A child who knows not to touch the stove, but does it anyway and doesn't get burned, may do it again. Similarly, merchants who don't get burned for selling cigarettes to minors because nobody is watching are likely to keep doing it. After all, they get positive reinforcement for their crime - profits.
America won't see an authentic reduction in teen smoking until businesses stop profiting from selling cigarettes illegally to kids.
President Clinton's new initiatives to regulate tobacco advertising and sales through the Food and Drug Administration give important executive endorsement to the effort to reduce teen smoking. A public health problem this pervasive, caused by an industry so powerful, has no hope of solution unless there is a serious commitment from the president.
Strong forces have emerged to confuse the public, however, and their aim is to make people think the problem is being solved when it really isn't. Politicians who are embracing the issue of teen smoking and illegal cigarette sales are being taken in by tobacco industry efforts to emphasize education programs over enforcement programs that test whether merchants are complying with the law.
Rather than supporting merchant sting operations - where teens working with the police are sent into stores to try to buy cigarettes - tobacco interests have developed slick schemes with fancy signs and buttons carrying antismoking messages. All this looks attractive at press conferences, but it has little substance. More important, it yields few results.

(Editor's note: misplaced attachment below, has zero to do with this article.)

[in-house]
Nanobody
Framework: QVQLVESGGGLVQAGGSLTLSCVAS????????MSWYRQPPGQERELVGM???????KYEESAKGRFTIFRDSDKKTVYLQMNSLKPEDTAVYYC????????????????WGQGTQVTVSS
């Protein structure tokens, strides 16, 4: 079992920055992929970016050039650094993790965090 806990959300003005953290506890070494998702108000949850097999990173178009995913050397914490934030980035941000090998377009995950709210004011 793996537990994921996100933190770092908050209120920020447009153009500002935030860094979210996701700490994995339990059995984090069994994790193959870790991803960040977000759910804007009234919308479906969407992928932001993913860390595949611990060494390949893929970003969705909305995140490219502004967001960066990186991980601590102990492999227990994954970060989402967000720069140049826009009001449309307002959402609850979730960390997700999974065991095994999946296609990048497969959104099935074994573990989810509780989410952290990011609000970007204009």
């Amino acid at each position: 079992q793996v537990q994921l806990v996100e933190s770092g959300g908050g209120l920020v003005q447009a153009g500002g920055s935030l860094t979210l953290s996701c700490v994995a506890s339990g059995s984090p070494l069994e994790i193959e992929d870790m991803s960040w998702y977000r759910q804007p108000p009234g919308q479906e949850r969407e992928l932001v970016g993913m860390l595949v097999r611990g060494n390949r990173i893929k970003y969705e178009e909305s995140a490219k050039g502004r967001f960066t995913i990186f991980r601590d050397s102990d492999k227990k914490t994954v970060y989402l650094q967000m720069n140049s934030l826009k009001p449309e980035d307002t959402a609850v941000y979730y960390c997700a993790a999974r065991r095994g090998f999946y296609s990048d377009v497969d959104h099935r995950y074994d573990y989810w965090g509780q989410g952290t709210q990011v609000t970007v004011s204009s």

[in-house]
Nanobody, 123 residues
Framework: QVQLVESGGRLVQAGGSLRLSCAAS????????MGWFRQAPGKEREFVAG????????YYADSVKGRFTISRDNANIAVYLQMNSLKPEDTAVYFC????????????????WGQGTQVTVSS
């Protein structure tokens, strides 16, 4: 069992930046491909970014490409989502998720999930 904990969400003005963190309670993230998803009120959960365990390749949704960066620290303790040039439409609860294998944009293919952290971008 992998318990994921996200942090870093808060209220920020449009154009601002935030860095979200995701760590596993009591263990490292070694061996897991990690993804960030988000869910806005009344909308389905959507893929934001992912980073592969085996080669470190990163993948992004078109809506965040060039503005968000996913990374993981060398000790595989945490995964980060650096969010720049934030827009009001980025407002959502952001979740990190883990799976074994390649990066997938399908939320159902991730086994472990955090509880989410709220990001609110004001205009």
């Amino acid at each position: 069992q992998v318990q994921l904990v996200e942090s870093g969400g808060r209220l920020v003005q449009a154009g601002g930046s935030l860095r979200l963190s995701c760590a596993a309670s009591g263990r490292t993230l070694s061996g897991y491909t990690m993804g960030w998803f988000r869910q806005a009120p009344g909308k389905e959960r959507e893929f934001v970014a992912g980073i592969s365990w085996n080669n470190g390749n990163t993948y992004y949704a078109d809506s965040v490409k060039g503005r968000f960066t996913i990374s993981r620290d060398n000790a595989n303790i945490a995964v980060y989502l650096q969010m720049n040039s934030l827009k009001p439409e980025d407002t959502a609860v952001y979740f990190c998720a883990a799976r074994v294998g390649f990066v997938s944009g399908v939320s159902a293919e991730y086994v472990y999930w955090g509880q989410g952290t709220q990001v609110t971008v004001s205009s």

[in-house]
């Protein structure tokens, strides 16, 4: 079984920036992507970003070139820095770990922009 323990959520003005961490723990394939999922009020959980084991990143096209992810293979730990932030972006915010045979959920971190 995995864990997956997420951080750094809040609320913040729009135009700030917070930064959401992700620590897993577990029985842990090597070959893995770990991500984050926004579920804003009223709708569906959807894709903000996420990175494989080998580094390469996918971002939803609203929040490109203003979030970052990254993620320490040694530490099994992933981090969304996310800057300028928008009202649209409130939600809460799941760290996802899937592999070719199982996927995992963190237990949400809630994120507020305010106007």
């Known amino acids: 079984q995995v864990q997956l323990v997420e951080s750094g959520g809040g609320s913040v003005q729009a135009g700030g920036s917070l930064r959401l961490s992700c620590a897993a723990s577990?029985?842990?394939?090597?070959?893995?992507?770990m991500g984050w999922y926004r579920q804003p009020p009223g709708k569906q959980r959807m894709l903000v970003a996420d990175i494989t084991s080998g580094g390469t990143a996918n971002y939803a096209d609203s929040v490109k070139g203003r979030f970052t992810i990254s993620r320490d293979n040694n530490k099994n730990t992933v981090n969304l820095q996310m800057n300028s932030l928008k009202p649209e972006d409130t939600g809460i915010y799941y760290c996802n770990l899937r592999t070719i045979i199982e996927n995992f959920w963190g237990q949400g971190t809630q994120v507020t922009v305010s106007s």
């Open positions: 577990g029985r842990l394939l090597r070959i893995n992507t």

Politicians are endorsing these approaches because they will not upset business owners, who can claim they did something - when in fact their "something" did nothing. The real solution to the problem of teen smoking is to build in consequences for businesses that sell cigarettes to kids illegally.
Over the past eight years, my research team at DePaul University has demonstrated that sting operations significantly decrease cigarette sales to minors. When merchants know that random stings will occur in their stores at least three times a year, the short-term profits they gain from selling cigarettes to kids are overshadowed by the prospect of fines and loss of their tobacco license. Successful results have been duplicated in diverse communities from inner-city Chicago to various suburban towns. This program can work anywhere, as long as local governments are serious about enforcement.
Making cigarettes harder for teens to get has proven to be a successful strategy to reduce actual rates of teen smoking. Long-term data from Woodridge, Ill., a suburb of Chicago that started a merchant sting program several years ago, showed that its high school students were half as likely to be regular smokers than teens of the same age in towns that had not limited cigarette sales. These results came at a time, 1991 to 1994, when smoking among eighth-graders was increasing nationally by 30 percent.
This kind of result will never be produced by the insincere anti-smoking campaigns being pushed by tobacco interests and by the retail businesses profiting from youth cigarette sales.
If all stores are regularly faced with strong enforcement, the practice of selling tobacco products to youngsters will significantly decrease. This, in turn, can bring about a dramatic reduction in teen smoking. Do we have the commitment to make the tough choices to put our resources into the only strategy that has consistently demonstrated its effectiveness?
The question is not one of finances. These programs pay for themselves through fines and license fees. The question is whether community leaders are willing to hold merchants accountable. President Clinton's program is a small step in the right direction.
*Leonard Jason is a professor of psychology at DePaul University in Chicago.